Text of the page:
Civil guard patrols have caught more than 800 African immigrants trying to illegally enter Spain by boat.
Police and Red Cross facilities used to detain immigrants were full afterpatrols picked up 567 Africans on Saturday and a further 237 along Spain's southwestern coast, close to northwest Africa, on Sunday.
"Police and Red Cross facilities are full. We can only hope the repatriation process is quick," said Pepe Cardenas, a Red Cross worker in Tarifa. He said the majority of immigrants were Moroccan men aged between 22 and 25 years.
Every year Africans seeking work in Europe pay to be taken across the Strait of Gibraltar, which is 14km (8.7m) wide at Tarifa. Others sail west from Morocco to the Canary Islands.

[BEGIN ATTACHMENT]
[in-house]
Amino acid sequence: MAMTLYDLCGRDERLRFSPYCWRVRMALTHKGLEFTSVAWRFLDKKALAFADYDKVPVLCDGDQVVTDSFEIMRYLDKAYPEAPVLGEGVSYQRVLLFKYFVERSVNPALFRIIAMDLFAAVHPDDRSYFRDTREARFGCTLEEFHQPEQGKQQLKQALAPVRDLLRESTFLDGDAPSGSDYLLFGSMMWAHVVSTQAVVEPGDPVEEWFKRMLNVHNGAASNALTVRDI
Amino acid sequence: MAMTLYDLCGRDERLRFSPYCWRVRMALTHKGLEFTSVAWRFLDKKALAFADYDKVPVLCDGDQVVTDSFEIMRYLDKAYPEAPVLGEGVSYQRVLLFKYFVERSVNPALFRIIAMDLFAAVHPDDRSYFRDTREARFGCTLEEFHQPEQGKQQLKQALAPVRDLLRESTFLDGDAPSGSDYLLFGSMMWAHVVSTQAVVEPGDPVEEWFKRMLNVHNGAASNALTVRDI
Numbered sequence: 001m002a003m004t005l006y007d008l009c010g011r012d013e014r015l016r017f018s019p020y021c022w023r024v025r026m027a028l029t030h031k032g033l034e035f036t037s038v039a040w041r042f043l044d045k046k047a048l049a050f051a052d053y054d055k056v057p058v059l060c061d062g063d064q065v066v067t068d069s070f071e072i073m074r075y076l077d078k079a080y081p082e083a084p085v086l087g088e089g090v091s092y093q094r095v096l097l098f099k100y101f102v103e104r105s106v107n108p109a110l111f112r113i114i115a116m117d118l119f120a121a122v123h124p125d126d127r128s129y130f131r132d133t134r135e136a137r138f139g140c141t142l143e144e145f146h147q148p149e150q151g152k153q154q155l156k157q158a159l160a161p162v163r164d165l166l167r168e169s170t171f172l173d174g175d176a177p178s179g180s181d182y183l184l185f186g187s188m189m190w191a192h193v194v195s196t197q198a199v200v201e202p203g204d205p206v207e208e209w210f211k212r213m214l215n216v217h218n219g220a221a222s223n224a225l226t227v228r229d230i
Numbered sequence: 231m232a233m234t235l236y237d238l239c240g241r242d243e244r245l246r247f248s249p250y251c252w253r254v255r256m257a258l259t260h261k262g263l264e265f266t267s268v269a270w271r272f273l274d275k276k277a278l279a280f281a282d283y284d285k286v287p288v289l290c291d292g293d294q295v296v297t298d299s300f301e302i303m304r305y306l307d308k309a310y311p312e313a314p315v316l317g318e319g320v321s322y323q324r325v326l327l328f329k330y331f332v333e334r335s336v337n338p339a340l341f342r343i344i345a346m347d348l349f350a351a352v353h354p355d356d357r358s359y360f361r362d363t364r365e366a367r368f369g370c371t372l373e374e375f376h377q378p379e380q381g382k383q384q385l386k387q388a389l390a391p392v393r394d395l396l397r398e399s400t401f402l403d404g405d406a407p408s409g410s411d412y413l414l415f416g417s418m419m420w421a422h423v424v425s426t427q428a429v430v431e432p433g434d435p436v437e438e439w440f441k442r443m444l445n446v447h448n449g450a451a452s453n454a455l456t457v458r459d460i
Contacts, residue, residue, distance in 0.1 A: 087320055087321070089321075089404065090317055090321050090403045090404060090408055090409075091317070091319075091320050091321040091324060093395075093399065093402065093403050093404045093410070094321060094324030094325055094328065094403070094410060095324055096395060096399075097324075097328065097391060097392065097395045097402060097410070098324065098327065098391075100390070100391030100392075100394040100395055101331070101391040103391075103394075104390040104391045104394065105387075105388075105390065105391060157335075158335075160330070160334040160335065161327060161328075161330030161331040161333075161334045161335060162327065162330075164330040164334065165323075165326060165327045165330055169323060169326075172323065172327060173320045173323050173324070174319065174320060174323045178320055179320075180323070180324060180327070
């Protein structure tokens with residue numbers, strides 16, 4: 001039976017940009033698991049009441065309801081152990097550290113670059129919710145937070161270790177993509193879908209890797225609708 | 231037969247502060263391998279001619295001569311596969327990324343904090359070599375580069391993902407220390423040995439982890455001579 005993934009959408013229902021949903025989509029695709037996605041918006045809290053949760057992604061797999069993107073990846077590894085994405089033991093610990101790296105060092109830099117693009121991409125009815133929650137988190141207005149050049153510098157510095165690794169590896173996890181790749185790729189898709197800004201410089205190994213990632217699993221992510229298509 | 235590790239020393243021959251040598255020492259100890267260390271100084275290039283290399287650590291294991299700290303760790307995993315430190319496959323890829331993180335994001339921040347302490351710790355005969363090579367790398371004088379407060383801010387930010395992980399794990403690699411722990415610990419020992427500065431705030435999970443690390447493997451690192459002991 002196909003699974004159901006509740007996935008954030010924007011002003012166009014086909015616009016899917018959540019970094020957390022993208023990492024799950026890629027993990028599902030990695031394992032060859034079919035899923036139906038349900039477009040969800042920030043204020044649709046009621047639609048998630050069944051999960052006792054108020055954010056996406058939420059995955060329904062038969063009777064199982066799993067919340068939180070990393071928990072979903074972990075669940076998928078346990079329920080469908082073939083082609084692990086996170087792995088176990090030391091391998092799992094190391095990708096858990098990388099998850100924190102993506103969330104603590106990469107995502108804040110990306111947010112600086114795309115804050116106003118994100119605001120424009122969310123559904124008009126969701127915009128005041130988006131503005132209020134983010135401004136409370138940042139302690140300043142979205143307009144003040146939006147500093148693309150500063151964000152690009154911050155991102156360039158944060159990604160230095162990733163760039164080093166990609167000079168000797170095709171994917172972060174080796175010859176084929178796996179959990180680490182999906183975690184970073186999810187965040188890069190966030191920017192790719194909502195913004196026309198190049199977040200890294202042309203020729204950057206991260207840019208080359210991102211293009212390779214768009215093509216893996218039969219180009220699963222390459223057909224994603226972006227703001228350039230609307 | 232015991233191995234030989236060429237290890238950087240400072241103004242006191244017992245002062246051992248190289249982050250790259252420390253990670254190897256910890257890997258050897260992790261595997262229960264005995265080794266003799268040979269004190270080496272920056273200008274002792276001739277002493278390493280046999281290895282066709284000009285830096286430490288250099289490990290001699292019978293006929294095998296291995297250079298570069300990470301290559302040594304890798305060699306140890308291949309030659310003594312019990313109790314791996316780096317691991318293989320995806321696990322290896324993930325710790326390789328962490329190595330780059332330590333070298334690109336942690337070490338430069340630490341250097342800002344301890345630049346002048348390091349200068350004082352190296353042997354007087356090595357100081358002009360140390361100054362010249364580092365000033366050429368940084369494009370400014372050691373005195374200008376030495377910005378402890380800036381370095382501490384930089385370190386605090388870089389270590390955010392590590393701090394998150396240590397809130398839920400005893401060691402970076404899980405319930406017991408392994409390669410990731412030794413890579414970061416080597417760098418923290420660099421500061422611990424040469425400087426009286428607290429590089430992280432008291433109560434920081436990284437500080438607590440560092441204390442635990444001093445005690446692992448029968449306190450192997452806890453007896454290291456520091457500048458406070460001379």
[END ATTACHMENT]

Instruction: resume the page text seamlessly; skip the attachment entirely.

Civil Guards in the Canary Island of Fuerteventura were searching for 13 Africans on Sunday, who are believed to have been travelling in a boat which sank after hitting rocks. A body was pulled from the sea close to the island on Saturday.
More than 7,000 Africans have been stopped since January, according to authorities. Favourable seafaring weather is believed to be responsible for the increase in the numbers who have attempted the crossing in recent months.
The would-be immigrants sail overnight in single-engine Zodiac-type boats, often with more than 60 people aboard.Reuse content